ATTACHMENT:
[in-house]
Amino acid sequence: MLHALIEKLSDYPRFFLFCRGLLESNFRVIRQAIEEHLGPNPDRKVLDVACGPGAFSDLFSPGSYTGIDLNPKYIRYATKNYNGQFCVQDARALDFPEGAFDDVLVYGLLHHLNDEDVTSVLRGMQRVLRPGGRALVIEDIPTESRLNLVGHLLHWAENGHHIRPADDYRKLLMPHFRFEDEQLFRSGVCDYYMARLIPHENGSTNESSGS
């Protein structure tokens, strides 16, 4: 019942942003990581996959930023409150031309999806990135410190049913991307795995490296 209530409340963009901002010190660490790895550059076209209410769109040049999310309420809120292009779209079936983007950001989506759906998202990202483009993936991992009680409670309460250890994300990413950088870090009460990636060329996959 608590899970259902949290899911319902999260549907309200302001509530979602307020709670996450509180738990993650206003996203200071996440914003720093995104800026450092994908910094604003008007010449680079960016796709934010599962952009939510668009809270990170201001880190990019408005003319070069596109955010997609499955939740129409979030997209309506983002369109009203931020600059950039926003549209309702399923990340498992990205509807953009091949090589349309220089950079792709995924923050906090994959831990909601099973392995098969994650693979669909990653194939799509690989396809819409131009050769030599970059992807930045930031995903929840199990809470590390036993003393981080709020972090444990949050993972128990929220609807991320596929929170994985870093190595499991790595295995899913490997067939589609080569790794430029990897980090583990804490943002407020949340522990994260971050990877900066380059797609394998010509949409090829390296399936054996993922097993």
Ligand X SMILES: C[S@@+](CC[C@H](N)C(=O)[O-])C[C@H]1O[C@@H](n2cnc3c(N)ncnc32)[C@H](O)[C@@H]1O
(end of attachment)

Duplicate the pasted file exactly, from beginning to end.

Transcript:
[in-house]
Amino acid sequence: MLHALIEKLSDYPRFFLFCRGLLESNFRVIRQAIEEHLGPNPDRKVLDVACGPGAFSDLFSPGSYTGIDLNPKYIRYATKNYNGQFCVQDARALDFPEGAFDDVLVYGLLHHLNDEDVTSVLRGMQRVLRPGGRALVIEDIPTESRLNLVGHLLHWAENGHHIRPADDYRKLLMPHFRFEDEQLFRSGVCDYYMARLIPHENGSTNESSGS
């Protein structure tokens, strides 16, 4: 019942942003990581996959930023409150031309999806990135410190049913991307795995490296 209530409340963009901002010190660490790895550059076209209410769109040049999310309420809120292009779209079936983007950001989506759906998202990202483009993936991992009680409670309460250890994300990413950088870090009460990636060329996959 608590899970259902949290899911319902999260549907309200302001509530979602307020709670996450509180738990993650206003996203200071996440914003720093995104800026450092994908910094604003008007010449680079960016796709934010599962952009939510668009809270990170201001880190990019408005003319070069596109955010997609499955939740129409979030997209309506983002369109009203931020600059950039926003549209309702399923990340498992990205509807953009091949090589349309220089950079792709995924923050906090994959831990909601099973392995098969994650693979669909990653194939799509690989396809819409131009050769030599970059992807930045930031995903929840199990809470590390036993003393981080709020972090444990949050993972128990929220609807991320596929929170994985870093190595499991790595295995899913490997067939589609080569790794430029990897980090583990804490943002407020949340522990994260971050990877900066380059797609394998010509949409090829390296399936054996993922097993």
Ligand X SMILES: C[S@@+](CC[C@H](N)C(=O)[O-])C[C@H]1O[C@@H](n2cnc3c(N)ncnc32)[C@H](O)[C@@H]1O